In 2010 I published a short field guide based on what we learned from the 3-month pilot of our GlobalGiving Storytelling Project in Kenya:
It has been 18 months since we released this book. I never intended for this to be a static manual, nor did I want it to be “my perspective” alone. It is called the real book because what we most need is a living document to which many people working in communities, on social change, on enhanced service delivery, and on understanding the complex drivers of human behavior in society contribute. It needs to be our document, like a wiki – but the kind that contains MANY perspectives side by side instead of just one canonical version.
The closest examples are the Musical Real Book and Sun Tzu’s Art of War (Do you know of a wiki type web-software that does this?)
For your reference: the Musical Real book is a central part of the culture of playing music where improvisation is essential. Real books are not for beginners: the reader interprets scant notation, and builds on his/her own familiarity with chords. The Real Book allows musicians to play an approximate version of hundreds of new songs quickly.
I don’t know of any website designed to visualize forks in an idea the way I want them to be – so that the document is a map of consensus and diversion. That would reveal what in the storytelling method can be changed and what remains essential. It would reveal where the method is incomplete and where it can be considered mature. All this we need from the a shared collaborative document.
I am updating the Real Book between now and April 15th. So please post your replies here on:
- What do you want me to explain more in the real book?
- What should I drop from the previous real book version?
- What big audacious topics should we introduce in the next book, even if we cannot answer them yet?
This isn’t a comprehensive list, but I intend to cover these subjects.
- The do-it-yourself kit for storytelling. Concepts, a step-by-step timeline for rolling it out, looking at results, making decisions, and keeping it going. This will also explain by the “get two stories from each person about two different organizations” is the most important rule to enforce.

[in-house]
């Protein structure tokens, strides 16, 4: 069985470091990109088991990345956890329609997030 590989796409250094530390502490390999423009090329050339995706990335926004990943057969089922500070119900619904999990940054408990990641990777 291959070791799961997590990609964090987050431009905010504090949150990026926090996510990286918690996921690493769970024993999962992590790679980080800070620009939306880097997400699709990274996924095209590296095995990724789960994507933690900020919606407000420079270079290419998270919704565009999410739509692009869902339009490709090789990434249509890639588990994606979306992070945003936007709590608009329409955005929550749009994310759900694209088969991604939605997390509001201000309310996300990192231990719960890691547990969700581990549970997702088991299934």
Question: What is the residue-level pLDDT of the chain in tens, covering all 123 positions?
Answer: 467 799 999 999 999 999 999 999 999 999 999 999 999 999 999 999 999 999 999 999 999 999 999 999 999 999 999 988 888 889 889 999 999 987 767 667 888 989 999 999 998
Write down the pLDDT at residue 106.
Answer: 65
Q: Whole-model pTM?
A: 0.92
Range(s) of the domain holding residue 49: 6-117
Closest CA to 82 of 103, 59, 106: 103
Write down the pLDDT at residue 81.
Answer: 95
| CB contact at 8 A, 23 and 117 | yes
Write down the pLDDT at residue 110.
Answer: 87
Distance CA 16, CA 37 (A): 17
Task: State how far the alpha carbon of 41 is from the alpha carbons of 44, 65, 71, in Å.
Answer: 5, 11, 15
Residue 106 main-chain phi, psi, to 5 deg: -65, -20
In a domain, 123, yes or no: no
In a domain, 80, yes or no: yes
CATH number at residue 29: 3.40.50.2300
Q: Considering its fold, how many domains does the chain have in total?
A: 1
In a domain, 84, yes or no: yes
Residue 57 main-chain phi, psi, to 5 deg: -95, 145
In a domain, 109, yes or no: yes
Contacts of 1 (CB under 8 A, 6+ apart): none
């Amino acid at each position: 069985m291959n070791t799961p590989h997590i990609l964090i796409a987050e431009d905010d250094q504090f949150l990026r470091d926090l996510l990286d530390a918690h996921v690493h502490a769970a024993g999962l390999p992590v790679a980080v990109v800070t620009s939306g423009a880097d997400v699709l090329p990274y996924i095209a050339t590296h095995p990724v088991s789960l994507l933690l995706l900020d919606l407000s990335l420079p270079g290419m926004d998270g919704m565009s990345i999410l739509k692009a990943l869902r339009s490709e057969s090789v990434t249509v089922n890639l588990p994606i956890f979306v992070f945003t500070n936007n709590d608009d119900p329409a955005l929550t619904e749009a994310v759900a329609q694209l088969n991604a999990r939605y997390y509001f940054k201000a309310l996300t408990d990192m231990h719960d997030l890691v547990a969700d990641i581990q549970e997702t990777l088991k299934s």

- A brief tour of all the storytelling project variants that I know of in Haiti, East Africa, South Africa, and Australia.
- A treatise on the “diversity sampling approach” as an alternative to statistical sampling. The assumptions that people make with statistical sampling are almost never valid for the diverse and poorly understood populations of people in the developing world, slum dwellers, and the unemployed people who leave no trace in official statistics. And in the development context, if you treat this non-random sample as a random sample, your inferences will be systematically biased in the same direction – giving the appearance of a consistent (but erroneous) result. The reasons for the non-randomness are consistent; therefore the bias is consistent. (Typically it is a positive self-bias in stories from and through groups of people who want to entice powerful people to give resources).
- Visualizations – we just don’t have good enough tools out there to see patterns in stories. I think attaching a survey to each story is a helpful crutch but it is simply not a scalable approach. I believe the stories themselves are rich enough that computer algorithms will some day make it possible for us to see patterns and parse stories into sets of clusters that support some conclusions and contradict others. It’s more practical to gather 10 million stories about development and community efforts than to gather 1 million responses to a 30-question survey. And more fun, too. We can fill in the gaps if the storytellers were interconnected.
- Technology to aid feedback loops – I’ve built some and adopted others. You need to know this stuff.